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Thread: UMHS biochemistry course

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    parrotsmuggler is offline Newbie 510 points
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    UMHS biochemistry course

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    I am a Canadian graduate student who will likely be attending UMHS in the near future. I have a quick question about the second semester biochemistry course - how difficult is the biochemistry course for someone who's knowledge of general and organic chemistry is a little rusty? I've been told by friends of mine in medical school that very few general or organic chemistry concepts appear in the medical biochemistry curriculum. In other words, the biochemistry course is essentially a standalone course requiring a great deal of memorization. Is this in fact the case? I just want to ensure that I'm well-prepared for the course...before I get down to the island!

    Thanks so much!

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    competitor is offline Junior Member 516 points
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    Go to a library. Take out Lippincott's Biochemistry (Illustrated Review Series).
    If you can see yourself learning that material, and comprehend it to a sufficient degree, you will be just fine. The course (and all biochemistry courses) reflect that book - it is really all you need to know for Biochemistry for the Step I and shelf exams.
    "Every silver lining's got a touch of grey"

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    parrotsmuggler is offline Newbie 510 points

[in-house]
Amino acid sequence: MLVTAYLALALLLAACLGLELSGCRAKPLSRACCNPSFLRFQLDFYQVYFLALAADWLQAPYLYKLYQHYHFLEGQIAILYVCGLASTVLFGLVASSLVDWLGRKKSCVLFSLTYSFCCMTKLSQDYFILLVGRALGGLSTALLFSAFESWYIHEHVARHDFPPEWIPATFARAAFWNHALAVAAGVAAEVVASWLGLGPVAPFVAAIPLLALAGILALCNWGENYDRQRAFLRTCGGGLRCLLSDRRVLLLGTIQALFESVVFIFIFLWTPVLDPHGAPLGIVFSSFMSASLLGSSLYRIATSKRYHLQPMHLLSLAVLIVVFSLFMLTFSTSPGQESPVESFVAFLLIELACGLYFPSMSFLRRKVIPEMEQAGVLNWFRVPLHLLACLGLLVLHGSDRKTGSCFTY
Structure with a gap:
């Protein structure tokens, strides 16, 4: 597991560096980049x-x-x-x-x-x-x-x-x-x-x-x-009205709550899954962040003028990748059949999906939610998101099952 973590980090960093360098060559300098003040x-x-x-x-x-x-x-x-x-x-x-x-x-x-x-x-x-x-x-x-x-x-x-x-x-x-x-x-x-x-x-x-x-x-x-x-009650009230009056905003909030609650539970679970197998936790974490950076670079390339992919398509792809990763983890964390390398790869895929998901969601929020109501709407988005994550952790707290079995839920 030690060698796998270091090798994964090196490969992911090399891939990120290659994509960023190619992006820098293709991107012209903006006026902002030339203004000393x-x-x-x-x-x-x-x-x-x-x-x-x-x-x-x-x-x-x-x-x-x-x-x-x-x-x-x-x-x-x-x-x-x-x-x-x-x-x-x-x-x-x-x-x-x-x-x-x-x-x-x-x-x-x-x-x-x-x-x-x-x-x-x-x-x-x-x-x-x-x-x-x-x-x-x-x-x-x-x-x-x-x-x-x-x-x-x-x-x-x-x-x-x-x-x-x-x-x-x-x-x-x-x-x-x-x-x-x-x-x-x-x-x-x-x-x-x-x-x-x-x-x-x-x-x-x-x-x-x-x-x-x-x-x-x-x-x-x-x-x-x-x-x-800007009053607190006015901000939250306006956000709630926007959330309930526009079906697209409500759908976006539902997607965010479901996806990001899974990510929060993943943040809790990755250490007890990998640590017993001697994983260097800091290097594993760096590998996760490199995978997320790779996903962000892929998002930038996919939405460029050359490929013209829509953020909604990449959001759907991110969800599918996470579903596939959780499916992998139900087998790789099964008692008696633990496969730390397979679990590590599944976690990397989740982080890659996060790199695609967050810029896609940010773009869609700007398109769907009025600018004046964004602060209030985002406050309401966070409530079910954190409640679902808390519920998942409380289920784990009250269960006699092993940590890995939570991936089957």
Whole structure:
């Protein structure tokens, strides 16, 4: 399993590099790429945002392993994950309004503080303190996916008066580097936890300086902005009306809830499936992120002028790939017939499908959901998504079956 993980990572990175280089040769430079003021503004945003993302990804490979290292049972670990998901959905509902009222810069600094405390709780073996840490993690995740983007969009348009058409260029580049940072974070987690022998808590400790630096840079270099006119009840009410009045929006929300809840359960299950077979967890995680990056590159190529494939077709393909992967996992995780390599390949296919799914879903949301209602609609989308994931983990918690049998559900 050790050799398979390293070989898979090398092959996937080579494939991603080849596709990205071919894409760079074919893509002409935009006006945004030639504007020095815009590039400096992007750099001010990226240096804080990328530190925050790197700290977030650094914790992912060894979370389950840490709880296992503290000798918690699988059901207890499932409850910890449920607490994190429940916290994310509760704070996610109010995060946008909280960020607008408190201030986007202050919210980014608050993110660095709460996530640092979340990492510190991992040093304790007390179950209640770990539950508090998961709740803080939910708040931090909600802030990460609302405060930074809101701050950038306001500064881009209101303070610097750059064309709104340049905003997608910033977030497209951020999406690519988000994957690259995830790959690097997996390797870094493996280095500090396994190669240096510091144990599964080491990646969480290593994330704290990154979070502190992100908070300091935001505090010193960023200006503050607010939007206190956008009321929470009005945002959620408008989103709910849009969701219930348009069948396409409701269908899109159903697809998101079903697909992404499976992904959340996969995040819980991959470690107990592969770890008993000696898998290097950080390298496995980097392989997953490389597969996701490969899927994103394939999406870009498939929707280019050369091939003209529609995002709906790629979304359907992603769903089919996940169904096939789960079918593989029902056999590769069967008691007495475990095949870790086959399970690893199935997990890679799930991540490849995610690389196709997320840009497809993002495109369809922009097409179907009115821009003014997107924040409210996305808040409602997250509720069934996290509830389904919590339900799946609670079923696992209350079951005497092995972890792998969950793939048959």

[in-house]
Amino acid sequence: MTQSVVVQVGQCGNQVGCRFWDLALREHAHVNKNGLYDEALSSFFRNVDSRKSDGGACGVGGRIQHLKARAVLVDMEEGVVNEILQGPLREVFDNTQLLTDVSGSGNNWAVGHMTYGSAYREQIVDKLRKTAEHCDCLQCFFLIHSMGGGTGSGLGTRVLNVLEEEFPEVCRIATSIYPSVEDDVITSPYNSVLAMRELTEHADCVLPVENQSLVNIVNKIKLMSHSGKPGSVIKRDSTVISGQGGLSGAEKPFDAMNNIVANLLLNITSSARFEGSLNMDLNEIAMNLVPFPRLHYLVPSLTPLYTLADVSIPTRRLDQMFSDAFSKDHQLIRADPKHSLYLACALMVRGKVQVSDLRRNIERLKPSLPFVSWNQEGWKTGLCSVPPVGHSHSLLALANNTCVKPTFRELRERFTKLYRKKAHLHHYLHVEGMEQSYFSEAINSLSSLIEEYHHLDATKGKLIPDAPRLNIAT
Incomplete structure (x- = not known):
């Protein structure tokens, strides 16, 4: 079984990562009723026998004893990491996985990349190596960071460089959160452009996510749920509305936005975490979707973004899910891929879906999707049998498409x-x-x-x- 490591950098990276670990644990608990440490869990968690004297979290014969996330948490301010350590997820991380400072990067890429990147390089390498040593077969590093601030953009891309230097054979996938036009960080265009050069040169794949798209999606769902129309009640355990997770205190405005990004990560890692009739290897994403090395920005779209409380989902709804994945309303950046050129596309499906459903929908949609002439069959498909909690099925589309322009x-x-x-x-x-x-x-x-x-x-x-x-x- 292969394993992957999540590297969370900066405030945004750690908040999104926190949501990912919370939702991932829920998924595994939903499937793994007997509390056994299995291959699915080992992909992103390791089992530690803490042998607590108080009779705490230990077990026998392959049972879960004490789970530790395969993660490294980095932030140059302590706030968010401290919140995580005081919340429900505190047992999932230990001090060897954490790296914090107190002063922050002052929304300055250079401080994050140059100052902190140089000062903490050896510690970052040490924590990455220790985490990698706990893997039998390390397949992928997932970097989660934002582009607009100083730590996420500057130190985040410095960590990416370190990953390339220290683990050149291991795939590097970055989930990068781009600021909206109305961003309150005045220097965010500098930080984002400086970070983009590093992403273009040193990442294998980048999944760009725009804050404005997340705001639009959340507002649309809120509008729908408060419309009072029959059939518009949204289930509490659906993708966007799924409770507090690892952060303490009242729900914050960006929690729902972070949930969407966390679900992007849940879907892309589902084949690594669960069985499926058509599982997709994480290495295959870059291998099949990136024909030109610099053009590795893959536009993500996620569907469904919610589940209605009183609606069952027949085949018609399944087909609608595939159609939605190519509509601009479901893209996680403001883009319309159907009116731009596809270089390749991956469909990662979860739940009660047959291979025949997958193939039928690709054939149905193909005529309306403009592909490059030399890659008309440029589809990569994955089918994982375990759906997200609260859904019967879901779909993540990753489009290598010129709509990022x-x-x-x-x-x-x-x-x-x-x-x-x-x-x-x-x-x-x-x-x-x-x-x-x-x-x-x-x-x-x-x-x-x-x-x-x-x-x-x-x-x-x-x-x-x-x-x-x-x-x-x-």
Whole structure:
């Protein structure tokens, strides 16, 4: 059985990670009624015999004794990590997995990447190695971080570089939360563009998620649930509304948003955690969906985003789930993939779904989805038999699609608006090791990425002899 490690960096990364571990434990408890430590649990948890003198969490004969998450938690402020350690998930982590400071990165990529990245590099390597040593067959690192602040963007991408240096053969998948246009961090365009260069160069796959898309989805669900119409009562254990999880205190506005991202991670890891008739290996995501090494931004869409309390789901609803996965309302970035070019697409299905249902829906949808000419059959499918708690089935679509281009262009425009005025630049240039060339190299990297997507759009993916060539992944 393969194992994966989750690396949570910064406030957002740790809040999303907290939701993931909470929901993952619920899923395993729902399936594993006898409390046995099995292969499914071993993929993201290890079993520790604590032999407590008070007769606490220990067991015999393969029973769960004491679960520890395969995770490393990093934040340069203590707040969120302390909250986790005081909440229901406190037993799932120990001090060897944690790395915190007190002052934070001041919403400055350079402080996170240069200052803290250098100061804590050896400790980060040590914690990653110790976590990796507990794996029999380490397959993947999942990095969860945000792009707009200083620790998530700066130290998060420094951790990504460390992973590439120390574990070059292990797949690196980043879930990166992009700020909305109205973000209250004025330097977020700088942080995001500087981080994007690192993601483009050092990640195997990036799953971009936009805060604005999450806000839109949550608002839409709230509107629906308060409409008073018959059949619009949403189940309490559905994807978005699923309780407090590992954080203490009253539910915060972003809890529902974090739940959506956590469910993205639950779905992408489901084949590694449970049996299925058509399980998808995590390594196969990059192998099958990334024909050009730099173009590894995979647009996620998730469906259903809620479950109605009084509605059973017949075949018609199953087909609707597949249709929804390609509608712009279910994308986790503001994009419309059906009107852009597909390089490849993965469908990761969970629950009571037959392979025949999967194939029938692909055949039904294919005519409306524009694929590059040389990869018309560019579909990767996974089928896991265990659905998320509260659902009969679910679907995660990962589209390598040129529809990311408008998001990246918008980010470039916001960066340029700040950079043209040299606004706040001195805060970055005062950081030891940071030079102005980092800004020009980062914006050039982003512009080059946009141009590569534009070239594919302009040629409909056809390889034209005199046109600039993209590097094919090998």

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    Thank you very much for replying. : )

    I've perused the book you mentioned and although the quantity of dense material is somewhat daunting, it would appear that memorization is the key to learning it. I would assume that there's not much in the way of gen chem-style problem solving involved. Is that correct? Friends have told me that the only concepts from gen chem that appear in med school biochemistry are acid-base balance and oxidation-reduction reactions.

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    competitor is offline Junior Member 516 points
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    yeah - basically the first few chapters (and first few lectures) will have a chemistry aspect to them. You will DEFINITELY need to know the Michaelis-Menton equation, and buffering between acids and bases (more so for Pharmacology in the future; as far as ionized state, absorption, etc.)... But in the end, the majority of Biochem in med school comes down to memorizing the pathways (both the breakdown and building) - Glycolysis, Krebs, ETC, gluconeogenesis, glycogenesis, Urea, Cori, ketogenesis, etc. It is all about energy states; the insulin world VS the glucagon world, and how that changes energy management at the molecular level.

    The course moves at a very appropriate rate, and should be just fine for a Canadian student
    experience2 likes this.
    "Every silver lining's got a touch of grey"

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